Liz: With the third Dr. Rebecca Butterman mystery, Asking for Murder, just out, I’m delighted to have Dr. Butterman’s creator, Roberta Isleib, visit us on Poe’s Deadly Daughters. As a therapist myself, I get a big kick out of Dr. Butterman and her adventures. Roberta, what prompted you to make Rebecca an advice columnist rather than having her sleuthing come out of her therapy practice?
Roberta: Besides being a psychologist, I’m an advice column junkie—my fave is “Can this marriage be saved?” in the Ladies Home Journal. When I was looking for a hook, the column seemed like a natural. As it turns out, clues come to her in both kinds of work—advice and therapy.
Liz: I particularly appreciate the concern Rebecca has for maintaining the boundary between how she works as a therapist and the kind of advice she gives as Dr. Aster. What’s the difference?
Roberta: These two jobs set up quite a bit of internal tension for Rebecca. The kind of therapy she does allows her patients to plumb their psychological depths and root out old baggage that interferes with daily life. Advice is very different—no plumbing, more of a jazzy style of delivery (or I should say, Rebecca and I try to sound jazzy), as she skates over the surface.
Liz: How easy or hard is it for you to come up with advice-column dilemmas and snappy answers? Which is more fun to write: the questions or the answers?
Roberta: Definitely the questions! I’m here to say writing the answers is not as easy as the columnists make it look. If I wrote a column, I’d worry a lot about whether millions of readers are taking my pearls as gospel. What if I was totally off base and some poor sucker made an important decision based on my advice? Rebecca worries about that kind of thing too.
Liz: Your first series featured Cassie Burdette, whom you characterize on your website as a “neurotic professional golfer.” I think a lot of people still think of “neurotic” as meaning “slightly crazy in a Woody Allen kind of way.” But I find that nowadays professionals tend to use “neurotic” as a synonym for “reasonably healthy considering our crazy world.” So what’s neurotic about Cassie? And is that a good or a bad thing?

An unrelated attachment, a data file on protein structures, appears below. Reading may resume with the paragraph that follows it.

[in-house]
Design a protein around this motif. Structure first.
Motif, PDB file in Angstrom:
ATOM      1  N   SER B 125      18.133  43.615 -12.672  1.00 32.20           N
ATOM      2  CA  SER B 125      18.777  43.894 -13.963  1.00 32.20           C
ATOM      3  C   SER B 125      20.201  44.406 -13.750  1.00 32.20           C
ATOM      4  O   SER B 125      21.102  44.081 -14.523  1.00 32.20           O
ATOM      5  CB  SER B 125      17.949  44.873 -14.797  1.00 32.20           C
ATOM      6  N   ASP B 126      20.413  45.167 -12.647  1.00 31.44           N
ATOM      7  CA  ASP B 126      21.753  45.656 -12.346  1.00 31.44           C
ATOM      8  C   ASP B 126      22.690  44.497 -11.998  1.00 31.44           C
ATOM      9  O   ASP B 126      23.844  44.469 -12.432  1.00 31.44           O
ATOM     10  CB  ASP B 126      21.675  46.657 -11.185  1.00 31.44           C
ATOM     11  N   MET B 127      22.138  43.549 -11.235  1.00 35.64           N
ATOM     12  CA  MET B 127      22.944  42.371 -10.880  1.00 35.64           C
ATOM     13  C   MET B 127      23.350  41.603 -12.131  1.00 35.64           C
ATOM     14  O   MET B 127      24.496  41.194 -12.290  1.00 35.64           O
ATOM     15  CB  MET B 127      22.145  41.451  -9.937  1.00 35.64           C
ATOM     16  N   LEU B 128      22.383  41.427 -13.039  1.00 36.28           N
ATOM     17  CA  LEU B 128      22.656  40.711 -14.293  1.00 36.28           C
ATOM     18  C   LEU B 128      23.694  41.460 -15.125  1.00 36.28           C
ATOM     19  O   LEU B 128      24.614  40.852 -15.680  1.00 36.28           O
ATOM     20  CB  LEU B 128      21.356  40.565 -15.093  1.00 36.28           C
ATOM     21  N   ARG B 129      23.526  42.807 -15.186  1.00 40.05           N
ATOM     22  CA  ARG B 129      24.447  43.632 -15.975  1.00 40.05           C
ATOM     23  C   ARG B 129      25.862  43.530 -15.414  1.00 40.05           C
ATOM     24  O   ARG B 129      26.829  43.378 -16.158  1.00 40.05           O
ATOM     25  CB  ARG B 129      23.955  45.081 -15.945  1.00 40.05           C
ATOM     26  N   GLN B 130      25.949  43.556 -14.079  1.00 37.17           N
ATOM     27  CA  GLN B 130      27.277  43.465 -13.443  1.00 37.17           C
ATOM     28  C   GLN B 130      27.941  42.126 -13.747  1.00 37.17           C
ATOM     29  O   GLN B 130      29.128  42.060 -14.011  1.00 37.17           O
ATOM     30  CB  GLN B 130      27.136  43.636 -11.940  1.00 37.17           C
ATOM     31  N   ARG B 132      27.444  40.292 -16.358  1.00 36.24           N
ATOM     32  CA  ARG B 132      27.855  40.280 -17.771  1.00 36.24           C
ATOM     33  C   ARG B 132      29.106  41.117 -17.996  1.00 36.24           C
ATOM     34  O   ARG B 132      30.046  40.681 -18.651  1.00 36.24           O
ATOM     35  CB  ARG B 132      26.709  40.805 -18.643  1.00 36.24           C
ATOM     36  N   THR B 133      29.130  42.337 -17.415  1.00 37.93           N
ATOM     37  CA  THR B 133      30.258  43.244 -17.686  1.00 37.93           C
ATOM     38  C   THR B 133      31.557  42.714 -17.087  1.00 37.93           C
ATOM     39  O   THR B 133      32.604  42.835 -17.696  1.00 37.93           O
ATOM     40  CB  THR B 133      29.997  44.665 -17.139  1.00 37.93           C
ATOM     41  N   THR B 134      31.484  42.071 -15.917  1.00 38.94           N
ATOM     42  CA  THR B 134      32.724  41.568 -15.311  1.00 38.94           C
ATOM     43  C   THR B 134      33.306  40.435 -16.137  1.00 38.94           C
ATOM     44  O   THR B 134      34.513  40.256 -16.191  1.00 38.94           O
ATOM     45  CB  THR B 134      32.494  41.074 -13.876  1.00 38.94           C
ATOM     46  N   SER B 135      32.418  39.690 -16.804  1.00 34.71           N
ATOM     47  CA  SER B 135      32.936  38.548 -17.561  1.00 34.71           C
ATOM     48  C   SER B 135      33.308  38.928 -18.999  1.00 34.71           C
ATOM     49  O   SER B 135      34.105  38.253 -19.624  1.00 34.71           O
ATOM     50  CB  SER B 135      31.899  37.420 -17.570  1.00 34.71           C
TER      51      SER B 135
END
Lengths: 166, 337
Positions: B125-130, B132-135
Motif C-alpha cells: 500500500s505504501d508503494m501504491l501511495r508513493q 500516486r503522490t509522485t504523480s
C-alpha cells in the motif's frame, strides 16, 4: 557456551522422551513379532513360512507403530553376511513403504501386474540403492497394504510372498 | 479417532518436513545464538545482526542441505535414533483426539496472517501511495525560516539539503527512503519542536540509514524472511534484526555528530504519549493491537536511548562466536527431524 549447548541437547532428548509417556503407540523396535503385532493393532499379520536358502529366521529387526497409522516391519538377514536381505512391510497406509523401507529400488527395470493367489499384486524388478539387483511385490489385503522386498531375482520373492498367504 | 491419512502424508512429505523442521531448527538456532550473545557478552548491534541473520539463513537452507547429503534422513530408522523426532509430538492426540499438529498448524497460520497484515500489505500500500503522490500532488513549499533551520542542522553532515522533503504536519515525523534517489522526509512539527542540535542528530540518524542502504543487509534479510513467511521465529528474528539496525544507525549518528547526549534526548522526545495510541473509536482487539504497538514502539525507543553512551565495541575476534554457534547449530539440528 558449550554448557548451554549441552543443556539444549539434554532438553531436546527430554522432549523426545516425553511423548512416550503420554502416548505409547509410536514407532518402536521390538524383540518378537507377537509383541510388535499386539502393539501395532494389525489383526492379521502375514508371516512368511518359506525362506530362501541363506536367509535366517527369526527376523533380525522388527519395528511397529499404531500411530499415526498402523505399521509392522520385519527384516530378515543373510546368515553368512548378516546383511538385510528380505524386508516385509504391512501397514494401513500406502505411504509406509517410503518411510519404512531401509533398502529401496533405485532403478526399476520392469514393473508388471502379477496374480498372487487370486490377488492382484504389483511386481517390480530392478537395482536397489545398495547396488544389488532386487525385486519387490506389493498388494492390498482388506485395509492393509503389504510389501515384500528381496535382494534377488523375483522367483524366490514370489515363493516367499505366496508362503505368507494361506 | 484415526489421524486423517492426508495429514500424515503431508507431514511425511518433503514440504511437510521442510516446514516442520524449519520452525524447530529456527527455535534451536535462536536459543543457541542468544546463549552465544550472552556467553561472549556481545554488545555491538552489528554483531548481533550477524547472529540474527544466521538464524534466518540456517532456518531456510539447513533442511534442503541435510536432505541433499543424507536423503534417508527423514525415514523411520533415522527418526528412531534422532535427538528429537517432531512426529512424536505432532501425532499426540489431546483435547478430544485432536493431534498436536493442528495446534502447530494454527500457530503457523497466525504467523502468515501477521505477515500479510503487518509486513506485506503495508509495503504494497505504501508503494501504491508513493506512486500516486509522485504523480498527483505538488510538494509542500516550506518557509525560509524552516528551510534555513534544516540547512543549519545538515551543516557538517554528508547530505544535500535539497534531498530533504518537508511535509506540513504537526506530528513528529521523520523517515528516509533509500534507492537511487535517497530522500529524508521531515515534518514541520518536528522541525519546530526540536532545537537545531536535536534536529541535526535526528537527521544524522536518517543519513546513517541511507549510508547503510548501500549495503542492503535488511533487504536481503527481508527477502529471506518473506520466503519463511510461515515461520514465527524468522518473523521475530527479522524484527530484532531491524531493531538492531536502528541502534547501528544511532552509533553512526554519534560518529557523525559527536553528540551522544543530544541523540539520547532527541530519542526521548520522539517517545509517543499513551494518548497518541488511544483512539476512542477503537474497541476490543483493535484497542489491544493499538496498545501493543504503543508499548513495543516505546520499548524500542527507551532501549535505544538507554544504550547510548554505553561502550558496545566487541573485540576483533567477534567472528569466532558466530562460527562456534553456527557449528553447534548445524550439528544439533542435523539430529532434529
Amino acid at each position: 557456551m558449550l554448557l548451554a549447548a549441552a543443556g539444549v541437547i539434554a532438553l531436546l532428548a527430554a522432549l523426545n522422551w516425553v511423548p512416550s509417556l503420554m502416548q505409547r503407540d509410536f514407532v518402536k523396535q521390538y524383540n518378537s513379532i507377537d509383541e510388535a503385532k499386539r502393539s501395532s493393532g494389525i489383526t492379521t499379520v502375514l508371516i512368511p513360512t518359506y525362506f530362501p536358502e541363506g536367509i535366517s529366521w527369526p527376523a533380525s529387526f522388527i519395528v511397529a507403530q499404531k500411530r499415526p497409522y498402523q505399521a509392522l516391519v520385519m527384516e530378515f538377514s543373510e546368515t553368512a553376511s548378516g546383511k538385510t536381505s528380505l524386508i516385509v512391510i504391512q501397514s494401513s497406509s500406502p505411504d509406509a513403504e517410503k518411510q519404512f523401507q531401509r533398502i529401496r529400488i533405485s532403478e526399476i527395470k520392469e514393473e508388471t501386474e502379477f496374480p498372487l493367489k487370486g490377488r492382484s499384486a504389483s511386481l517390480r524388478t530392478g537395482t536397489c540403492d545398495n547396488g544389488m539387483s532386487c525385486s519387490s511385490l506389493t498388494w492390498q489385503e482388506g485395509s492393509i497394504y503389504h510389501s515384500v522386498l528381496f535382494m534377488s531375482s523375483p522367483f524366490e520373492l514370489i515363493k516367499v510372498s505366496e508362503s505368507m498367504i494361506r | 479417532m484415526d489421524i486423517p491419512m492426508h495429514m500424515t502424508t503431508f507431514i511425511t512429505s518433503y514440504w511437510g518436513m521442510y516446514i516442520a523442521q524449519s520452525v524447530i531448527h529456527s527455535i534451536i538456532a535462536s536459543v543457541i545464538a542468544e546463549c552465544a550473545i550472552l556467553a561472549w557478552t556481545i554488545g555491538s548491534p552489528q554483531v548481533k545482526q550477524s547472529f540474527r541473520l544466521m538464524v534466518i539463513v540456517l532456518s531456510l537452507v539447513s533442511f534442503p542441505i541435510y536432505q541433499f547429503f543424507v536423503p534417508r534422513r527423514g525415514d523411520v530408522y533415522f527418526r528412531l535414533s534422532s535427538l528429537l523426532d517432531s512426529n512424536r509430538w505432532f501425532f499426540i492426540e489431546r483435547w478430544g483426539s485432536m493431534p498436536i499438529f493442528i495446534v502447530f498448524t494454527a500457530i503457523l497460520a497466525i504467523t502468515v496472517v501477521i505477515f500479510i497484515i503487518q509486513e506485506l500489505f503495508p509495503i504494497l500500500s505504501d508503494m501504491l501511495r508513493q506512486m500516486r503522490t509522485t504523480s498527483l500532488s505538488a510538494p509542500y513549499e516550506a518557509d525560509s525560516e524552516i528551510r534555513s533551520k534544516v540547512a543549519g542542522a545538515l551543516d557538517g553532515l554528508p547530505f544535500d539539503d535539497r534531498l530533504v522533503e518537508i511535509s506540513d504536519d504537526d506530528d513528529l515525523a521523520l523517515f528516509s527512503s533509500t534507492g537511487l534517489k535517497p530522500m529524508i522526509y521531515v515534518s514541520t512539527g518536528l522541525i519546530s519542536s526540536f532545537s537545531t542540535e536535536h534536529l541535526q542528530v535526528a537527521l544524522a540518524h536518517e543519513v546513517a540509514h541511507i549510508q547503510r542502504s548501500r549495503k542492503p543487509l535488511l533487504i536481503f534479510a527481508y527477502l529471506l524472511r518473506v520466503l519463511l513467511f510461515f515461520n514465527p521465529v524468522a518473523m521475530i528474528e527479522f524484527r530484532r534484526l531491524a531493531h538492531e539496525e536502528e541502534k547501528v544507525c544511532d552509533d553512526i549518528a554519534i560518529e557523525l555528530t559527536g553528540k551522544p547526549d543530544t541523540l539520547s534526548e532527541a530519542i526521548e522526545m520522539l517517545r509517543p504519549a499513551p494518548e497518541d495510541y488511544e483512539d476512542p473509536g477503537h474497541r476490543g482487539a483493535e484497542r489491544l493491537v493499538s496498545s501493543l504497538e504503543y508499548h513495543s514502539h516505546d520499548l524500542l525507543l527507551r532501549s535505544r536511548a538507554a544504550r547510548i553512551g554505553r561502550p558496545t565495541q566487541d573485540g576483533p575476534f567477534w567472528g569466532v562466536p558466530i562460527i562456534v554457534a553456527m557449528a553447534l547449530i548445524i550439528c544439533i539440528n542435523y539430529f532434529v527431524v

Roberta: I would lean toward your first definition—mildly crazy! Cassie had “issues” that kept her from performing at a high level in the golf world. Her father was a golf professional who failed to meet his own goals and acted out his disappointment by leaving his family. So Cassie’s strong connection to golf is tied up with her feelings about being abandoned. And she wonders (unconsciously of course) whether it’s okay for her to be successful if her father wasn’t. (Isn’t it wonderful how real these characters become to us?)
Liz: And how about Dr. Butterman? What issues would you expect Rebecca to bring to you if you were her therapist? What would you hope for her to accomplish in treatment?
Roberta: Rebecca had a double-whammy as a kid—her mothered committed suicide when she was four, and then her father left the state. (He explains more about that in Asking for Murder.) So I wouldn’t expect her to be able to find a strong relationship until she sorts that out. It amazes me how well people function sometimes in spite of their tragic histories—Rebecca is one of those people. She’s a wonderful therapist, but she has blind spots in her personal life. She’s working on those!
Liz: Let’s talk about emotional health and murder. Why do we love murder mysteries? What do they do to us, and what do they do for us?
Roberta: There are different theories about this. Some people say reading murder mysteries is a way of containing the violence we can’t contain in the real world. Folks like to see the perpetrators caught and punished: Justice is served. Other people like mysteries because they enjoy the puzzle—working out the solution as the sleuth does (or ahead of the sleuth!) And some people read for the characters, the feeling of a familiar set of old friends who reappear in new books. I think I fall in that category.
Liz: Me too! Characters I care about with plausible relationships get me every time. You and I are different kinds of mental health professional: you’re a clinical psychologist, I’m a clinical social worker. So how come you made the social worker the victim in Asking for Murder?
Roberta: I couldn’t very well kill off my main character! Seriously, it was interesting when I was in training to notice the undercurrents between psychiatrists, psychologists, and social workers. While they do similar work, the length and depth of their training can be very different. There was definitely a hierarchy and some snobbishness. I worked some of that conflict into Asking for Murder, though in the end, I’d say the social worker comes off very well. Don’t you think, Liz?
Roberta: IF the series were to continue (and that’s always a question in these uncertain times,) you will certainly see Rebecca change. She learned a lot from her experience with sandplay therapy and she will apply that. Like Cassie before her, she has some issues to work out with her father. She’s on her way to that! There’s a snotty teenager who makes an appearance at the end of AFM—you could look for her in future installments!
Liz: The kind of mystery series you write are often categorized as cozies. And how do you feel about that? (I had to get shrinks’ favorite question in there somehow.)
Roberta: I’m so glad you did! I don’t really care what you call the books as long as they sell and people enjoy them. But I don’t want to shock readers who are expecting some other kind of book. This series is a little darker and more realistic than what most folks think of as “cozy”—I warn people about that.
Thanks so much to Liz and Poe’s Deadly Daughters for your hospitality!